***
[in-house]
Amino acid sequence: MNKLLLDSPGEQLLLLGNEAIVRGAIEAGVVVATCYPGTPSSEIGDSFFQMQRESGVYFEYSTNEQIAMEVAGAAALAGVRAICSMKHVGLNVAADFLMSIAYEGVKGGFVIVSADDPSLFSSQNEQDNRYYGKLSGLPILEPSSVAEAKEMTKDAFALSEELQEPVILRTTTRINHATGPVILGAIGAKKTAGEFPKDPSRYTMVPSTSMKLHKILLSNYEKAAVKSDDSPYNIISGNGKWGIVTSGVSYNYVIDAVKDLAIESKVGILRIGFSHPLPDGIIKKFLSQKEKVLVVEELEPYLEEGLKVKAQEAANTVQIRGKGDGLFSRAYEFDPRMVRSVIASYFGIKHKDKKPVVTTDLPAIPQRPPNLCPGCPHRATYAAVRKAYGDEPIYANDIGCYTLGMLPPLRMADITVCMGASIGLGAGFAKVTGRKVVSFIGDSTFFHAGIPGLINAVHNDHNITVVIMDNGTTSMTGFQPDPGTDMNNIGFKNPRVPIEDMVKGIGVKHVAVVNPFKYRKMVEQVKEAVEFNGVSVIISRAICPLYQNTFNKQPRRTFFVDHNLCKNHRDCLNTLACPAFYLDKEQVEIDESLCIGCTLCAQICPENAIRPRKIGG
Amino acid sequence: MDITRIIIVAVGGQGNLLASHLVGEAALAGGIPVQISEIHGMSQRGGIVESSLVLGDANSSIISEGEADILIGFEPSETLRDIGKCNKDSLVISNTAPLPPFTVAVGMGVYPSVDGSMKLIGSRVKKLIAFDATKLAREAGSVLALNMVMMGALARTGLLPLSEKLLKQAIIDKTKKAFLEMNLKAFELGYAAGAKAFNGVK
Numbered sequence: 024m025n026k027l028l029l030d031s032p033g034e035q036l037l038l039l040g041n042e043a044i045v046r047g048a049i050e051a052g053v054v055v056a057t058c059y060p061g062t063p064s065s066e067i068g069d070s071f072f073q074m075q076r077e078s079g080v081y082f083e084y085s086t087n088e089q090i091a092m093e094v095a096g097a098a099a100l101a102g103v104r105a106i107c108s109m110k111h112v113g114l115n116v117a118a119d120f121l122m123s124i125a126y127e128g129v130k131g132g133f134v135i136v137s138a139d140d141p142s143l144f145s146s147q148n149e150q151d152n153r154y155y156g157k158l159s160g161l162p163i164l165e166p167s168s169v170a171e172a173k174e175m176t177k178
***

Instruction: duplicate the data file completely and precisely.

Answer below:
[in-house]
Amino acid sequence: MNKLLLDSPGEQLLLLGNEAIVRGAIEAGVVVATCYPGTPSSEIGDSFFQMQRESGVYFEYSTNEQIAMEVAGAAALAGVRAICSMKHVGLNVAADFLMSIAYEGVKGGFVIVSADDPSLFSSQNEQDNRYYGKLSGLPILEPSSVAEAKEMTKDAFALSEELQEPVILRTTTRINHATGPVILGAIGAKKTAGEFPKDPSRYTMVPSTSMKLHKILLSNYEKAAVKSDDSPYNIISGNGKWGIVTSGVSYNYVIDAVKDLAIESKVGILRIGFSHPLPDGIIKKFLSQKEKVLVVEELEPYLEEGLKVKAQEAANTVQIRGKGDGLFSRAYEFDPRMVRSVIASYFGIKHKDKKPVVTTDLPAIPQRPPNLCPGCPHRATYAAVRKAYGDEPIYANDIGCYTLGMLPPLRMADITVCMGASIGLGAGFAKVTGRKVVSFIGDSTFFHAGIPGLINAVHNDHNITVVIMDNGTTSMTGFQPDPGTDMNNIGFKNPRVPIEDMVKGIGVKHVAVVNPFKYRKMVEQVKEAVEFNGVSVIISRAICPLYQNTFNKQPRRTFFVDHNLCKNHRDCLNTLACPAFYLDKEQVEIDESLCIGCTLCAQICPENAIRPRKIGG
Amino acid sequence: MDITRIIIVAVGGQGNLLASHLVGEAALAGGIPVQISEIHGMSQRGGIVESSLVLGDANSSIISEGEADILIGFEPSETLRDIGKCNKDSLVISNTAPLPPFTVAVGMGVYPSVDGSMKLIGSRVKKLIAFDATKLAREAGSVLALNMVMMGALARTGLLPLSEKLLKQAIIDKTKKAFLEMNLKAFELGYAAGAKAFNGVK
Numbered sequence: 024m025n026k027l028l029l030d031s032p033g034e035q036l037l038l039l040g041n042e043a044i045v046r047g048a049i050e051a052g053v054v055v056a057t058c059y060p061g062t063p064s065s066e067i068g069d070s071f072f073q074m075q076r077e078s079g080v081y082f083e084y085s086t087n088e089q090i091a092m093e094v095a096g097a098a099a100l101a102g103v104r105a106i107c108s109m110k111h112v113g114l115n116v117a118a119d120f121l122m123s124i125a126y127e128g129v130k131g132g133f134v135i136v137s138a139d140d141p142s143l144f145s146s147q148n149e150q151d152n153r154y155y156g157k158l159s160g161l162p163i164l165e166p167s168s169v170a171e172a173k174e175m176t177k178